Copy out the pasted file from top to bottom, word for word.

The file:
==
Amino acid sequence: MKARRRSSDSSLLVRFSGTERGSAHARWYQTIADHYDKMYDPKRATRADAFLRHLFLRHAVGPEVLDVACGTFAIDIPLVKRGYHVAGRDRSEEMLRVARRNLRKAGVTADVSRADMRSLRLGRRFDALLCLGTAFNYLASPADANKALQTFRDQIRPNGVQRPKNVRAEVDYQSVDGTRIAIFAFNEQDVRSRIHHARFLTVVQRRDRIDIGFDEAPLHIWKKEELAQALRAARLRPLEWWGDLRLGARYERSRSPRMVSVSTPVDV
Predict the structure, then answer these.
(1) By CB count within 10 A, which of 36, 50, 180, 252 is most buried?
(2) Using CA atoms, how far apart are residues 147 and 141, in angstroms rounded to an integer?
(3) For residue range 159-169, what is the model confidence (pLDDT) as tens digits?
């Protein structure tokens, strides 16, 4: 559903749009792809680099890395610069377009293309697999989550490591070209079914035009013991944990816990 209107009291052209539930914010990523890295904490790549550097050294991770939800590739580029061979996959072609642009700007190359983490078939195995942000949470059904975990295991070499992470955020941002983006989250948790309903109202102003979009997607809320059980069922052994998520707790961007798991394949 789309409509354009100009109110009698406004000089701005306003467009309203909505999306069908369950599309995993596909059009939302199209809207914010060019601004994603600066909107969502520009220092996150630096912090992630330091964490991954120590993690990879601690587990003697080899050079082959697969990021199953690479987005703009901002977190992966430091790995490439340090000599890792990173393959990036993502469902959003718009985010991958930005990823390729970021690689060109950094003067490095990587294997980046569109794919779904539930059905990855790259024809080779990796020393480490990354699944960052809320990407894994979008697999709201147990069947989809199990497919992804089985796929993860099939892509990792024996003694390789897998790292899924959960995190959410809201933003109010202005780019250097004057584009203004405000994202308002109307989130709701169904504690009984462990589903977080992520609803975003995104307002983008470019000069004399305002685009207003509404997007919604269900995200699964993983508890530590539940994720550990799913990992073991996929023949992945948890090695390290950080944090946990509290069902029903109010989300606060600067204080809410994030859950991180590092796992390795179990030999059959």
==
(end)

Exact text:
Amino acid sequence: MKARRRSSDSSLLVRFSGTERGSAHARWYQTIADHYDKMYDPKRATRADAFLRHLFLRHAVGPEVLDVACGTFAIDIPLVKRGYHVAGRDRSEEMLRVARRNLRKAGVTADVSRADMRSLRLGRRFDALLCLGTAFNYLASPADANKALQTFRDQIRPNGVQRPKNVRAEVDYQSVDGTRIAIFAFNEQDVRSRIHHARFLTVVQRRDRIDIGFDEAPLHIWKKEELAQALRAARLRPLEWWGDLRLGARYERSRSPRMVSVSTPVDV
Predict the structure, then answer these.
(1) By CB count within 10 A, which of 36, 50, 180, 252 is most buried?
(2) Using CA atoms, how far apart are residues 147 and 141, in angstroms rounded to an integer?
(3) For residue range 159-169, what is the model confidence (pLDDT) as tens digits?
């Protein structure tokens, strides 16, 4: 559903749009792809680099890395610069377009293309697999989550490591070209079914035009013991944990816990 209107009291052209539930914010990523890295904490790549550097050294991770939800590739580029061979996959072609642009700007190359983490078939195995942000949470059904975990295991070499992470955020941002983006989250948790309903109202102003979009997607809320059980069922052994998520707790961007798991394949 789309409509354009100009109110009698406004000089701005306003467009309203909505999306069908369950599309995993596909059009939302199209809207914010060019601004994603600066909107969502520009220092996150630096912090992630330091964490991954120590993690990879601690587990003697080899050079082959697969990021199953690479987005703009901002977190992966430091790995490439340090000599890792990173393959990036993502469902959003718009985010991958930005990823390729970021690689060109950094003067490095990587294997980046569109794919779904539930059905990855790259024809080779990796020393480490990354699944960052809320990407894994979008697999709201147990069947989809199990497919992804089985796929993860099939892509990792024996003694390789897998790292899924959960995190959410809201933003109010202005780019250097004057584009203004405000994202308002109307989130709701169904504690009984462990589903977080992520609803975003995104307002983008470019000069004399305002685009207003509404997007919604269900995200699964993983508890530590539940994720550990799913990992073991996929023949992945948890090695390290950080944090946990509290069902029903109010989300606060600067204080809410994030859950991180590092796992390795179990030999059959």